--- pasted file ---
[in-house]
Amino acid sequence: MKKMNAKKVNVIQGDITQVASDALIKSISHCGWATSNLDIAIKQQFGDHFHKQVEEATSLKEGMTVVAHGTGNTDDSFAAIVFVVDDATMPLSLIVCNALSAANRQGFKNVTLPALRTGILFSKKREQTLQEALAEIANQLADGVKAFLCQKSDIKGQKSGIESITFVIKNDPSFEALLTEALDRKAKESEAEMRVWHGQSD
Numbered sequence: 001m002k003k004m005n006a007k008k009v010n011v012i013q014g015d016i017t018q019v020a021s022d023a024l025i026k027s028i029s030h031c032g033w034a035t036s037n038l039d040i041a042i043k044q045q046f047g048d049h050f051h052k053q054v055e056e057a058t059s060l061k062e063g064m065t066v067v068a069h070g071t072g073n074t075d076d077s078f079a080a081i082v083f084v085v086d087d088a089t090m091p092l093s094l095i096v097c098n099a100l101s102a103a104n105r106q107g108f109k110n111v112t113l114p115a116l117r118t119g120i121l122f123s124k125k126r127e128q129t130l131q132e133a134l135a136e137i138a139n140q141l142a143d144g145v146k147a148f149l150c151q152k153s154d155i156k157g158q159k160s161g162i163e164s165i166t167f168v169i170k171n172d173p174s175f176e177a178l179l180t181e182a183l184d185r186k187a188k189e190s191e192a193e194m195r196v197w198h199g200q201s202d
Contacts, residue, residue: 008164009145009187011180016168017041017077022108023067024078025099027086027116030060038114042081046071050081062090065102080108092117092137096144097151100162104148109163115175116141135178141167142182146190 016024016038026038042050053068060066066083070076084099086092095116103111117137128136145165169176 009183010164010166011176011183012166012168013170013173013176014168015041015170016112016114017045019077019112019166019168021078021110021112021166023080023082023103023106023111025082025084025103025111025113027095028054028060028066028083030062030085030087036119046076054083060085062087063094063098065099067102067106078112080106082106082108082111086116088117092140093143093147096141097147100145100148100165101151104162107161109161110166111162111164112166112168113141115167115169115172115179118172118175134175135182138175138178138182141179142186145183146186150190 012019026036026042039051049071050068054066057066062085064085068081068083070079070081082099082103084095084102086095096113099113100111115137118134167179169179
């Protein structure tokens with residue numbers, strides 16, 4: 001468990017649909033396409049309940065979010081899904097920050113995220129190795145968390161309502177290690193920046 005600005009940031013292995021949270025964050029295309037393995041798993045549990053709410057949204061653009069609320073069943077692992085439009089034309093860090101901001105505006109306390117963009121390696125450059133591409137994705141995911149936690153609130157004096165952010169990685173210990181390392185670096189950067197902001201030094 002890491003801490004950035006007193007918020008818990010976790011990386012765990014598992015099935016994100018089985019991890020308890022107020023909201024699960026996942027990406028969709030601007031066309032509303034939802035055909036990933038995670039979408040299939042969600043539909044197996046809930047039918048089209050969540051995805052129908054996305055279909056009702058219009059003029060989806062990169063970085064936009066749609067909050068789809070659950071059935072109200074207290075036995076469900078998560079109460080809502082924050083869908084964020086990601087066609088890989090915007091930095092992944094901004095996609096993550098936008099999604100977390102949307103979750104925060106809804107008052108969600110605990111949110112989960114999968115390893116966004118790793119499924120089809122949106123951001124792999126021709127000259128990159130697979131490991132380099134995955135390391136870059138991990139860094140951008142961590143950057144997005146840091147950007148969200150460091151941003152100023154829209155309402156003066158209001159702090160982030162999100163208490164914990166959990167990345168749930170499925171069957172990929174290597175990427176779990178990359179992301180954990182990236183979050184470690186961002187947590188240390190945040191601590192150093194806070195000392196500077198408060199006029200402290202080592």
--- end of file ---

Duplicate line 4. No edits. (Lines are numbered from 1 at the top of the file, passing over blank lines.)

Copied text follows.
Contacts, residue, residue: 008164009145009187011180016168017041017077022108023067024078025099027086027116030060038114042081046071050081062090065102080108092117092137096144097151100162104148109163115175116141135178141167142182146190 016024016038026038042050053068060066066083070076084099086092095116103111117137128136145165169176 009183010164010166011176011183012166012168013170013173013176014168015041015170016112016114017045019077019112019166019168021078021110021112021166023080023082023103023106023111025082025084025103025111025113027095028054028060028066028083030062030085030087036119046076054083060085062087063094063098065099067102067106078112080106082106082108082111086116088117092140093143093147096141097147100145100148100165101151104162107161109161110166111162111164112166112168113141115167115169115172115179118172118175134175135182138175138178138182141179142186145183146186150190 012019026036026042039051049071050068054066057066062085064085068081068083070079070081082099082103084095084102086095096113099113100111115137118134167179169179